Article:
Tuesday (and sometimes Wednesday) is for Teachers
Habits of Heart for Teachers
How do you keep your heart open? Frankly, this is not an easy topic to write about. It hits too close to home.
My teaching career was about teaching content, skills, strategies, but primarily about teaching hearts. When I taught children with special needs, even those with the severest delays, my goal was to give them skills leading toward independence. They needed courage and perseverance to become independent. Encouraging their hearts was at the center of teaching every skill.
My last 15 years as an special educator of middle schoolers I trained students from the regular classes to be tutors and lunch buddies for my students. The goal was two-fold: the regular students were role-models for my students, and the tutors and lunch buddies developed compassion, patience, and responsibility.
When I felt like I was reaching burnout in Special Ed., I moved to the regular ed. program and taught eighth graders language arts. I loved the curriculum and still loved middle school, but my students clearly needed habits of hearts (compassion, courage, integrity, honesty, generosity, patience, and responsibility) to be successful. I felt most satisfied at the end of the day when I saw even little bits of growth in any of these areas.
But how can we teach and encourage the hearts of our students if our own heart is closed, shut down, even dead? Parker Palmer’s book, The Courage to Teach, was published in 1998 and yet remains current in today’s highly politicized atmosphere for improving education.
“. . . teacher-bashing has become a popular sport.
Teachers make an easy target.
In our rush to reform education, we have forgotten a simple truth: reform will never be achieved by renewing appropriations, restructuring schools, rewriting curricula, and revising texts if we continue to demean and dishearten the human resource called the teacher on whom so much depends.” (p. 3)
Have you hardened your heart or do you still love learners, learning, and the teaching life? If you’re wondering if perhaps you have burned out in teaching, ask yourself if you still love these three components.
I taught beyond the 25 year minimum, past my 60th birthday. When people asked me how long I planned to teach, my answer was, “as long as it’s fun.” You see, I love learning, and most days I loved the learners, but when I stopped loving the teaching life I knew it was time to retire.
I think Palmer identifies some important issues in his book that are seldom discussed in the quest for improving test scores or identifying the best teachers.
Good teachers possess a capacity for connectedness.
. . .the more one loves teaching, the more heartbreaking it can be. The courage to teach is the courage to keep one’s heart open [emphasis mine] in those very moments when the heart is asked to hold more than it is able so that teacher and students and subject can be woven into the fabric of community that learning, and living, require. (11)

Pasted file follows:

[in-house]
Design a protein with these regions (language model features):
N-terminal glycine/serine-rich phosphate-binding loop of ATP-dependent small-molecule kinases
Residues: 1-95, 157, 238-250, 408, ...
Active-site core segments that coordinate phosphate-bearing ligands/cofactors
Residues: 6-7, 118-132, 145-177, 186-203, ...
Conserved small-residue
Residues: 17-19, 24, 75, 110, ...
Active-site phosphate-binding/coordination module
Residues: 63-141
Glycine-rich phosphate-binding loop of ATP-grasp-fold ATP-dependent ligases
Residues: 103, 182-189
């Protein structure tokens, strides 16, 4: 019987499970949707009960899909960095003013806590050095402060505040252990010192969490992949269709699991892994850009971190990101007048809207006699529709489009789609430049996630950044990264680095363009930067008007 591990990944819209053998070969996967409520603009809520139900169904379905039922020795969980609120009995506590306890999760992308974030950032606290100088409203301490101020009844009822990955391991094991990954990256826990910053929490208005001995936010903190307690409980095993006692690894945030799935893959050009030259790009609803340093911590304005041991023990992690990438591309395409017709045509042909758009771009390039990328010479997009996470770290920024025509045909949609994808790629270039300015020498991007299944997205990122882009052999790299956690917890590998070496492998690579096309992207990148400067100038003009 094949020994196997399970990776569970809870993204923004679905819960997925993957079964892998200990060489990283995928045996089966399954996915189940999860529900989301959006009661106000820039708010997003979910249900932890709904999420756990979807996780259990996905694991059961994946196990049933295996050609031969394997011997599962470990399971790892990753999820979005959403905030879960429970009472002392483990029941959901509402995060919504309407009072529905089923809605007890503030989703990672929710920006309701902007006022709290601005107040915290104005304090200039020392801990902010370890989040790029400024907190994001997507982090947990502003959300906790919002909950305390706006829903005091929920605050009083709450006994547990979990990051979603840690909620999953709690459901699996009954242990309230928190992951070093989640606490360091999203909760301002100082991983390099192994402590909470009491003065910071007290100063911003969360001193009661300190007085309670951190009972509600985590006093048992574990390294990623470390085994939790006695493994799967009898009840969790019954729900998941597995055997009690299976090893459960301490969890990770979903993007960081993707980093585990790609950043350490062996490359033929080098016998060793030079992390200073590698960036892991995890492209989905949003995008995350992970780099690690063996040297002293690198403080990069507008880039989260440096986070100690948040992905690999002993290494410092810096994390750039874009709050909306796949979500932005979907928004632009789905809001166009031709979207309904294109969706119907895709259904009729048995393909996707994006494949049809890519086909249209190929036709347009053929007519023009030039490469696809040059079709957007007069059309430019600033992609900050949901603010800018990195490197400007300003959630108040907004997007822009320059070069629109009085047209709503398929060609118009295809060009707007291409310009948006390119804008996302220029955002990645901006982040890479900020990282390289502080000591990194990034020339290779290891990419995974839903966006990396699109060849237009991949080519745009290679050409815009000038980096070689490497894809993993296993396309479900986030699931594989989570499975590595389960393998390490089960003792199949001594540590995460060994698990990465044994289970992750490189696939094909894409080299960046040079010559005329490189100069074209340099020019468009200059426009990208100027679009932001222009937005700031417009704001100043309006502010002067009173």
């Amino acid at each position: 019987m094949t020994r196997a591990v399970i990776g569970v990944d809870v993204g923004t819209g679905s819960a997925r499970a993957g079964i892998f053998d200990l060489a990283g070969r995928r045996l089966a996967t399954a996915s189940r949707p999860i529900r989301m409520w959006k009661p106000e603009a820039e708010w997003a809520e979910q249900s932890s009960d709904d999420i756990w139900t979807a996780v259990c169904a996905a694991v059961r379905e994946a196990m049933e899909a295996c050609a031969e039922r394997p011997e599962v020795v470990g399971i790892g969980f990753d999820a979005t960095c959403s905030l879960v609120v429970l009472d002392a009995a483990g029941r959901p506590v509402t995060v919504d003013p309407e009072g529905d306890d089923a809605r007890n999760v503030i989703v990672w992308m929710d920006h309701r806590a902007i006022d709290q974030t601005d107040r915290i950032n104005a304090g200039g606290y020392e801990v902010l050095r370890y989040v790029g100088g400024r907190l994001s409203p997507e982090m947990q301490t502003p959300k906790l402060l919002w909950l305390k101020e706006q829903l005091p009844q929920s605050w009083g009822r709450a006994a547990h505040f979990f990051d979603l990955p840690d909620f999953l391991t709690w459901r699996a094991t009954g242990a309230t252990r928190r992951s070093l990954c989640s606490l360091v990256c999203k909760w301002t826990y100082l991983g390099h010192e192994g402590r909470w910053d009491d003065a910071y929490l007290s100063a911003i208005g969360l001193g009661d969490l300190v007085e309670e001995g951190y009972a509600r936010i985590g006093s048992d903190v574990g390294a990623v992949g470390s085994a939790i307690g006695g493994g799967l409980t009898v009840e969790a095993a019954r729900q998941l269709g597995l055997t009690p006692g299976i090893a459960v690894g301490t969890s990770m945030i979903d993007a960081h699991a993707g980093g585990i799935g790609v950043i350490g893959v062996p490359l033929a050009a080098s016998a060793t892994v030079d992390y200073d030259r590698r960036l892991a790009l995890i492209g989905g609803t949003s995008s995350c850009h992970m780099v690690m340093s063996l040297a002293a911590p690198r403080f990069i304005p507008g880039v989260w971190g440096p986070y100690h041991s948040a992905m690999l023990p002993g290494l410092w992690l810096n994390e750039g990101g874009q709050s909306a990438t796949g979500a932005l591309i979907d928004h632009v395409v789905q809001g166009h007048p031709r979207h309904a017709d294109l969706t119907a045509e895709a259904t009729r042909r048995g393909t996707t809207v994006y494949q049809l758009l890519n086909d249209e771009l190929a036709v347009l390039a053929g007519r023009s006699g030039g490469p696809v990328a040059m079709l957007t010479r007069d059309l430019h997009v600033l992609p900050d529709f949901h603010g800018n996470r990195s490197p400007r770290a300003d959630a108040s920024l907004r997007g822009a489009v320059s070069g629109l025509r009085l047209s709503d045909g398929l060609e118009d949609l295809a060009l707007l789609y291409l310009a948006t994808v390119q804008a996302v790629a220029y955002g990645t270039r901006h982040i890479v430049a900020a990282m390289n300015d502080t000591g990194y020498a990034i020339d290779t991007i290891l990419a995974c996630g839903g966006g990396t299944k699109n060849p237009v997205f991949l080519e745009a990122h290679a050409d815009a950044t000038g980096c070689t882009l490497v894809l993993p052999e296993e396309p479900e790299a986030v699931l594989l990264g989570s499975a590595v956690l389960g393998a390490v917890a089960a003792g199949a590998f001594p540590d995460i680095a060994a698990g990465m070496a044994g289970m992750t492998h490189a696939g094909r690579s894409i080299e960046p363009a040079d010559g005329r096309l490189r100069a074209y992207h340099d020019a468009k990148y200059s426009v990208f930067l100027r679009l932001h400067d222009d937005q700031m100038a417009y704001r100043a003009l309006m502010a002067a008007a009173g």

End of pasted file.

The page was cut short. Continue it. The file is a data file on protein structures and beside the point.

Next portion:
Some days are just better than others.
Some days you can see a spark of connection for your students. Sometimes when you grade essays you find insights that surprise you and give you hope. Other days, nothing seems to work. Students enter first period with drama someone brought from home and it spread throughout the school bus. Drama cannot always be ignored. The daily life of teaching requires balancing the good days with the bad, or the good periods with the bad. Most middle and high school teachers will tell you that last period is the most difficult. But this is not always true. My last semester of teaching I had a very difficult 5th period and a great 6th period. Every class has its own personality and dynamics.
What can a teacher do about keeping a heart open?
First, recognize the signs. Do you dread going to school? Are you taking frequent sick days? Do you find yourself cynical about EVERYTHING – administrators, parents, students, other teachers? Do you find yourself being negative about most of your students?
Second, can you identify specific problems? Can you write a description of a problem? Writing can help you see some issues are not the problem; they may only be symptoms. After writing down the problem, let it rest – I call it “simmering”. Then look at it with fresh eyes. Sometimes that’s all you need to do; a solution becomes clear.
Third, find support. Look for someone you trust, who will be honest with you, and can be objective. This doesn’t have to be someone in your building, but it might be helpful if he or she can observe your class. If you are feeling cynical, don’t look for support from another cynical person!
When you ask for support, try this approach. Palmer describes it in Chapter 6 of his book. He calls it a “clearness committee”. Rather than offering advice, recommending a book or strategy, referring the problem to someone else, this small group of people ask questions.Palmer encourages us to be honest with our questions to help a person discover the wisdom within. If this idea is interesting to you, read Palmer’s book. I’ve only scratched the surface of this concept.
Fourth, look at the previous Habits of Balance. Perhaps there is something simple you can do.
My first paragraph indicates this is a tough topic — it requires a book to provide any real answers. I probably have not given anyone enough answers, but maybe I’ve helped you take a look at your own inner life of teaching. Another “Parkerism” comes to mind: . . . “teaching holds a mirror to the soul.” The reason this is so difficult to discuss is because it requires looking is a way that is foreign to academic culture — talking to each other about our inner lives.
May you have the courage you need to teach!
May you find support and wisdom around you each day.
May you keep your heart open for those children need you. Their hearts are often broken, or abandoned, or bleeding. Who will be there to guide their way?